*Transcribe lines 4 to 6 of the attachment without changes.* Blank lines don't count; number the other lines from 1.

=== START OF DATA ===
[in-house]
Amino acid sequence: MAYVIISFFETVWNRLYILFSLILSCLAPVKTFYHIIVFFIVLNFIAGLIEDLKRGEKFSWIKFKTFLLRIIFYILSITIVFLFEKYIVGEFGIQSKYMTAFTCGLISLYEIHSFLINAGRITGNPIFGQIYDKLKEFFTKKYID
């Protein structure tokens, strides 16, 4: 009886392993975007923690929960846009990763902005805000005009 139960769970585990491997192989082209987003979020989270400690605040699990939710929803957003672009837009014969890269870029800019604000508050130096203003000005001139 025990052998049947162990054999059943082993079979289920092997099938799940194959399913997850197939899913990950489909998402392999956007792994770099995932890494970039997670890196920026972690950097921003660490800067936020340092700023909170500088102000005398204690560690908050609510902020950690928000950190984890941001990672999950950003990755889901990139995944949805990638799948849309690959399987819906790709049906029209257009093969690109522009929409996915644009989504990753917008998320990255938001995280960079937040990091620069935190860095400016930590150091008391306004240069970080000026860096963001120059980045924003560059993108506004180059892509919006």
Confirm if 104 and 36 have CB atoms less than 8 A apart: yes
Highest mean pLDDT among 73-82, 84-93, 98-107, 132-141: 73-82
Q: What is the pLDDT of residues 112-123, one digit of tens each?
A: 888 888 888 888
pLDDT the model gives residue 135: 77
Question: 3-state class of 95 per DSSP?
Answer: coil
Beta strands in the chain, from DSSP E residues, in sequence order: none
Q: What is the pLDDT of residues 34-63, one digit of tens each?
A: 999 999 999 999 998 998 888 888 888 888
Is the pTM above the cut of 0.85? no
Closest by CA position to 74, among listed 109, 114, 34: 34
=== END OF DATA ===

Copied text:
Confirm if 104 and 36 have CB atoms less than 8 A apart: yes
Highest mean pLDDT among 73-82, 84-93, 98-107, 132-141: 73-82
Q: What is the pLDDT of residues 112-123, one digit of tens each?